As can best be seen from FIG. 4 and 5, the effluent receiver is part of a receiver assembly indicated generally at 30. The receiver can be in the form of an elongated tubular member 32 formed of flexible material impervious to liquids, which member is collapsible as best indicated in FIG. 5. Thus, in the illustrated embodiment the tubular member 32 can be folded into a relatively flat form as indicated by the full lines in FIG. 5 but can be expanded when receiving effluents to the broken line position also illustrated in FIG. 5. One end 34 of the receiver 32 is generally cylindrical and the other end 36 is provided with an aperture which is normally closed by a removable closure device 40 which may include a transversely extending cylindrical portion 40a about which the effluent receiver may be rolled when in a flattened condition and a plug 40b which may be inserted into the aperture 38 to retain fluids within the effluent receiver.
In order to prevent material from within the effluent receiver from flowing back into the breathing cavity 26, valve means are provided. The valve means is of the one-way type and in the embodiment illustrated a "raspberry" valve 42 is utilized. As is well known to those skilled in the art a "raspberry" valve includes an elongated flexible member provided with an aperture extending throughout its length, one end of the valve 42a being formed in such a manner that in its free or mounted state the aperture is open, and the other end 42b being formed in such a manner that in its free or normal state it is flattened so that the aperture which extends through the other end is normally closed by the adjacent sidewalls of the flexible member. This construction permits air or fluid to flow in the direction indicated by the arrow 44 in FIG. 4 as the flattened end will open to permit the passage of air. However, if suction is applied to the end 42a the flattened end 42b will collapse further preventing the flow of air in a direction reverse to the arrow 44.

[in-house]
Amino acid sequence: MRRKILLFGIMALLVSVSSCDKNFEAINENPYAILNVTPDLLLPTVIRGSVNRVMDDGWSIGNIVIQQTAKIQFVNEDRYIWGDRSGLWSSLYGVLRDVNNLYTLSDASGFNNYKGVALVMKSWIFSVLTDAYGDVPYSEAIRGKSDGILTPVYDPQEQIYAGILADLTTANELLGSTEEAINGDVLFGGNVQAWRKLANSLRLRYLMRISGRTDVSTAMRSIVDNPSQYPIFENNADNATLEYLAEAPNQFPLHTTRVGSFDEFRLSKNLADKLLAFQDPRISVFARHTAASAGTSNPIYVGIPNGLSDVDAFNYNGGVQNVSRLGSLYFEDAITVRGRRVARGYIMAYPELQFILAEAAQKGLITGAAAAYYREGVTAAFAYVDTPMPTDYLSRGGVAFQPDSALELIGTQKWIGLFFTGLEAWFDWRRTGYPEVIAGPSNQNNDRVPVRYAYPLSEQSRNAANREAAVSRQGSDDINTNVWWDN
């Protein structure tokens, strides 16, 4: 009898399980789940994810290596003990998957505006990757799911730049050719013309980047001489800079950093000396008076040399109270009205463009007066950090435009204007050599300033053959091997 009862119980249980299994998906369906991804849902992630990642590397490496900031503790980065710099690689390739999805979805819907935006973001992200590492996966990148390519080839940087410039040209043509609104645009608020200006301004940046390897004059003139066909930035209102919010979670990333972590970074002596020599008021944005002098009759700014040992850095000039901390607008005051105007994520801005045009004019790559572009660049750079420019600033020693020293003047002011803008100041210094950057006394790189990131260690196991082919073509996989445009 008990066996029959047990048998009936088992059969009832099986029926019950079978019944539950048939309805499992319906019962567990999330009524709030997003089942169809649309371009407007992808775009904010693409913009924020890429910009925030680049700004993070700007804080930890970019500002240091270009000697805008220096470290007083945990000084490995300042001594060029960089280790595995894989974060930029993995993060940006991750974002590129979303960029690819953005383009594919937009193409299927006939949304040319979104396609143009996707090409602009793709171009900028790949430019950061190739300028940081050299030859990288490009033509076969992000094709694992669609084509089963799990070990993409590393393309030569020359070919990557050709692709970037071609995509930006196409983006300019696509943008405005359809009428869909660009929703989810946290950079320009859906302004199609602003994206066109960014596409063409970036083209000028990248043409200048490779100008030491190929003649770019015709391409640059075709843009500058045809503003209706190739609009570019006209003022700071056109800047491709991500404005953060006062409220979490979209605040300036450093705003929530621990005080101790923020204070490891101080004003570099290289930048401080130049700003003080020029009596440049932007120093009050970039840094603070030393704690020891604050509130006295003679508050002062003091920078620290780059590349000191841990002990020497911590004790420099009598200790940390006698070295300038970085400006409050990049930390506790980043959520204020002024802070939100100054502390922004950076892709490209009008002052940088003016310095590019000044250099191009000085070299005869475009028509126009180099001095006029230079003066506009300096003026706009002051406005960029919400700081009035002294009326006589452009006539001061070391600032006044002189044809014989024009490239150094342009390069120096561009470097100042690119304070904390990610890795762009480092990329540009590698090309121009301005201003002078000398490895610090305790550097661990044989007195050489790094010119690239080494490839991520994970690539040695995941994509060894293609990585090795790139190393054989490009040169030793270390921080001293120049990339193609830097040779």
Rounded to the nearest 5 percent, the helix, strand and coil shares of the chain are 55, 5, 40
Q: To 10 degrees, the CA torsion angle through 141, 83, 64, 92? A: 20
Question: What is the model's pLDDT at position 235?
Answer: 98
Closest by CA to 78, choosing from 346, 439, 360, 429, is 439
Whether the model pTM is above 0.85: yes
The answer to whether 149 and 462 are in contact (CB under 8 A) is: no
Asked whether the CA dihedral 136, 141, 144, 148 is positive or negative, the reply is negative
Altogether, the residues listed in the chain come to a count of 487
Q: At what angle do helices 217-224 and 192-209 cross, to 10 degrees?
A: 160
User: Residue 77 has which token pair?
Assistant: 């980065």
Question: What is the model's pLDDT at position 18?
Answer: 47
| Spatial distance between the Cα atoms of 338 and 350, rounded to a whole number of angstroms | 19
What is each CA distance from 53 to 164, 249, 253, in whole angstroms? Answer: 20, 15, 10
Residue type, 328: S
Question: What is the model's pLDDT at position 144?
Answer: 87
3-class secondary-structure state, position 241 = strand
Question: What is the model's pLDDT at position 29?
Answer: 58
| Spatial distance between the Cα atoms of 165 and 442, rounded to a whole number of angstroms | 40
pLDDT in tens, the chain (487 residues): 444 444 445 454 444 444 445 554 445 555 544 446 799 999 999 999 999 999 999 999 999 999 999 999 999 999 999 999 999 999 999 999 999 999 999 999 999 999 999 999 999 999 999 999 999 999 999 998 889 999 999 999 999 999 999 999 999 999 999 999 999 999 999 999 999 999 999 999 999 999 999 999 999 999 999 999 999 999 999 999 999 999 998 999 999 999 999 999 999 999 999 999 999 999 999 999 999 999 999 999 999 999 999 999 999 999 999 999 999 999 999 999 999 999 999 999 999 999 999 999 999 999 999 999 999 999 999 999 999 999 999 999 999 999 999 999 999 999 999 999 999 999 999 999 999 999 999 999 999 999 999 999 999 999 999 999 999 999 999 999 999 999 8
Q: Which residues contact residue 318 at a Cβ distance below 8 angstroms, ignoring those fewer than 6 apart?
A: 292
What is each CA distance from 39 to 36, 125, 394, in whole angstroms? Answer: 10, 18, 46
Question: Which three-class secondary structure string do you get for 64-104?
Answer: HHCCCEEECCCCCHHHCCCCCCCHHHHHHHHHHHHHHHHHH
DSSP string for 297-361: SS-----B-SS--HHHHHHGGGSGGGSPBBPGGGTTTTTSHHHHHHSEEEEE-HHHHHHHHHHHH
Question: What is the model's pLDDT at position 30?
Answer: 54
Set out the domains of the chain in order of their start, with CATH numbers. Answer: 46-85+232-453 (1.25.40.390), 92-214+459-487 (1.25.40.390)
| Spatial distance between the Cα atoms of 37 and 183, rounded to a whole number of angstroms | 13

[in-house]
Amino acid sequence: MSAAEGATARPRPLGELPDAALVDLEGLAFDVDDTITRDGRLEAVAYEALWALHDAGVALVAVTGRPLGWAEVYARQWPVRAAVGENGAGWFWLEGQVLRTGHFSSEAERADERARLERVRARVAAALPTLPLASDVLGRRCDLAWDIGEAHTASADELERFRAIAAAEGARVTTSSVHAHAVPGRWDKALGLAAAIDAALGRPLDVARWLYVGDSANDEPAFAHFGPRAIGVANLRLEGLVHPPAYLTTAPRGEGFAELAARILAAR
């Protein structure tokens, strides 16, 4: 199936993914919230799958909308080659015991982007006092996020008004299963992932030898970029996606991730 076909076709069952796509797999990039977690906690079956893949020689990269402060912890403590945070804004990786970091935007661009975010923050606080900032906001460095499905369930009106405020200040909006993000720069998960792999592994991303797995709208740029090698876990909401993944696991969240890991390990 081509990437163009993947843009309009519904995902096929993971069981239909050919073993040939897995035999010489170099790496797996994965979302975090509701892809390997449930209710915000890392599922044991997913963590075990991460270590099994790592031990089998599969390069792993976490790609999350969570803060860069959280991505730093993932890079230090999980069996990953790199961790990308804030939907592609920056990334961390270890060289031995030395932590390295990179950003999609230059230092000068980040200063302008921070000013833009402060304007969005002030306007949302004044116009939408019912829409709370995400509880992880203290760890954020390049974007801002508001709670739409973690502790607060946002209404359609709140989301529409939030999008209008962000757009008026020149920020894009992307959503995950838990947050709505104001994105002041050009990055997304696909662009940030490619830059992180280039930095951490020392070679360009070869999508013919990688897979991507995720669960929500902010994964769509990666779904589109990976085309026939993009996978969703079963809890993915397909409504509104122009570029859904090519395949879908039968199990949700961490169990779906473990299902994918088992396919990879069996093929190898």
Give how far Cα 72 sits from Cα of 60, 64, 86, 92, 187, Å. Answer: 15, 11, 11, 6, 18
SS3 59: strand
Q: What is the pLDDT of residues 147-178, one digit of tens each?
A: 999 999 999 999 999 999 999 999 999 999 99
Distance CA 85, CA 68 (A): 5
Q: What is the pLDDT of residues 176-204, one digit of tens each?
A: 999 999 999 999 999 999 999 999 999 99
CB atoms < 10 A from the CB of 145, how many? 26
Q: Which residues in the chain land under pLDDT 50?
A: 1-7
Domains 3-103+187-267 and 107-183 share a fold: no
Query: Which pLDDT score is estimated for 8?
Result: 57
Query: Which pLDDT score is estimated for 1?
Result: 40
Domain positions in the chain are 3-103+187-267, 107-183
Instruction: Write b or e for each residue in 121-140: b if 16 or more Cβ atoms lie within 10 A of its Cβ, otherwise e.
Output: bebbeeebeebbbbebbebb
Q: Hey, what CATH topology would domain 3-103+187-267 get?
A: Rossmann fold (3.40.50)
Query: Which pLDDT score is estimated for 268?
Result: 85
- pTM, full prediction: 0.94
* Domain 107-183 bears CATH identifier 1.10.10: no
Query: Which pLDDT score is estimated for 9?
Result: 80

Means are provided to secure the valve means 42 and the effluent receiver 32 to the face portion 22 of the mask, and preferably in the area of the chin where effluents will normally collect. To this end a relatively rigid tubular member indicated generally at 46 is provided. The tubular member 46 includes a generally cylindrical intermediate portion 48, a bell-shaped end 50, and an opposite end having a raised edge 52. In the embodiment illustrated both the effluent receiver 32 and the "raspberry" valve 42 are made of resilient material, and the cylindrical portion 48 of the tubular member 46 is of a diameter normally greater than the undistorted diameter of the cylindrical end 34 of the effluent receiver 32 and the end 42a of the "raspberry" valve 42, which parts are normally assembled on the cylindrical portion by stretching the end 42a and placing it about the cylindrical portion 48 in the manner best illustrated in FIG. 3 and then by doing the same with the end 34 of the effluent receiver 32.